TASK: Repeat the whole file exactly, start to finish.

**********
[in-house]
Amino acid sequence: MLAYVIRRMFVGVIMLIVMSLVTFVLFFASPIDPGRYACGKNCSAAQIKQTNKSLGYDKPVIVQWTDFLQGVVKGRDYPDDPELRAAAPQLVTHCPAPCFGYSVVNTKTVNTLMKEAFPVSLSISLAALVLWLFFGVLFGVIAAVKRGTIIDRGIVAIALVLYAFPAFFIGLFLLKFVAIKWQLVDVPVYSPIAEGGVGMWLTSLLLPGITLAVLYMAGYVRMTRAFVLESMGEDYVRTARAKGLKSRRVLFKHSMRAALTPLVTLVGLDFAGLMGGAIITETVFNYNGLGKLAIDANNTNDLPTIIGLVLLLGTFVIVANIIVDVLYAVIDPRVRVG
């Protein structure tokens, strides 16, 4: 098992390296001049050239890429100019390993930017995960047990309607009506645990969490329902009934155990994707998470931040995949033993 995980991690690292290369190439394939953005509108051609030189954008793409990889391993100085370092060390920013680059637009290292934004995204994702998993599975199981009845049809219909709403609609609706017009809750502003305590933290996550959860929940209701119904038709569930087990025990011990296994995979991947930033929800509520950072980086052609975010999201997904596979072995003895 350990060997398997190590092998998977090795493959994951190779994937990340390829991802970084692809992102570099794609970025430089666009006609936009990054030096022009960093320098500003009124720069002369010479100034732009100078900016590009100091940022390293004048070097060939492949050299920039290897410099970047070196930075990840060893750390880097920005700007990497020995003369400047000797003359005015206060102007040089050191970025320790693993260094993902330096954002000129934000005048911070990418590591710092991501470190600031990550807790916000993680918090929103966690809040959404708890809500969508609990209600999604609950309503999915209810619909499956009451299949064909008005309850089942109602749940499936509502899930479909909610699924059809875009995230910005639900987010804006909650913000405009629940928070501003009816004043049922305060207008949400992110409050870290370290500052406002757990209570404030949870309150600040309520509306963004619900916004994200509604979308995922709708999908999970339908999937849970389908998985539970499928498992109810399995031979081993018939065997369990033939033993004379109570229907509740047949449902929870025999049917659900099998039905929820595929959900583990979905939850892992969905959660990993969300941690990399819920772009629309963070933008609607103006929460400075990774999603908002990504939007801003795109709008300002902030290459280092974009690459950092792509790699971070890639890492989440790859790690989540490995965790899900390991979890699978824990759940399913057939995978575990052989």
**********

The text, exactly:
[in-house]
Amino acid sequence: MLAYVIRRMFVGVIMLIVMSLVTFVLFFASPIDPGRYACGKNCSAAQIKQTNKSLGYDKPVIVQWTDFLQGVVKGRDYPDDPELRAAAPQLVTHCPAPCFGYSVVNTKTVNTLMKEAFPVSLSISLAALVLWLFFGVLFGVIAAVKRGTIIDRGIVAIALVLYAFPAFFIGLFLLKFVAIKWQLVDVPVYSPIAEGGVGMWLTSLLLPGITLAVLYMAGYVRMTRAFVLESMGEDYVRTARAKGLKSRRVLFKHSMRAALTPLVTLVGLDFAGLMGGAIITETVFNYNGLGKLAIDANNTNDLPTIIGLVLLLGTFVIVANIIVDVLYAVIDPRVRVG
């Protein structure tokens, strides 16, 4: 098992390296001049050239890429100019390993930017995960047990309607009506645990969490329902009934155990994707998470931040995949033993 995980991690690292290369190439394939953005509108051609030189954008793409990889391993100085370092060390920013680059637009290292934004995204994702998993599975199981009845049809219909709403609609609706017009809750502003305590933290996550959860929940209701119904038709569930087990025990011990296994995979991947930033929800509520950072980086052609975010999201997904596979072995003895 350990060997398997190590092998998977090795493959994951190779994937990340390829991802970084692809992102570099794609970025430089666009006609936009990054030096022009960093320098500003009124720069002369010479100034732009100078900016590009100091940022390293004048070097060939492949050299920039290897410099970047070196930075990840060893750390880097920005700007990497020995003369400047000797003359005015206060102007040089050191970025320790693993260094993902330096954002000129934000005048911070990418590591710092991501470190600031990550807790916000993680918090929103966690809040959404708890809500969508609990209600999604609950309503999915209810619909499956009451299949064909008005309850089942109602749940499936509502899930479909909610699924059809875009995230910005639900987010804006909650913000405009629940928070501003009816004043049922305060207008949400992110409050870290370290500052406002757990209570404030949870309150600040309520509306963004619900916004994200509604979308995922709708999908999970339908999937849970389908998985539970499928498992109810399995031979081993018939065997369990033939033993004379109570229907509740047949449902929870025999049917659900099998039905929820595929959900583990979905939850892992969905959660990993969300941690990399819920772009629309963070933008609607103006929460400075990774999603908002990504939007801003795109709008300002902030290459280092974009690459950092792509790699971070890639890492989440790859790690989540490995965790899900390991979890699978824990759940399913057939995978575990052989």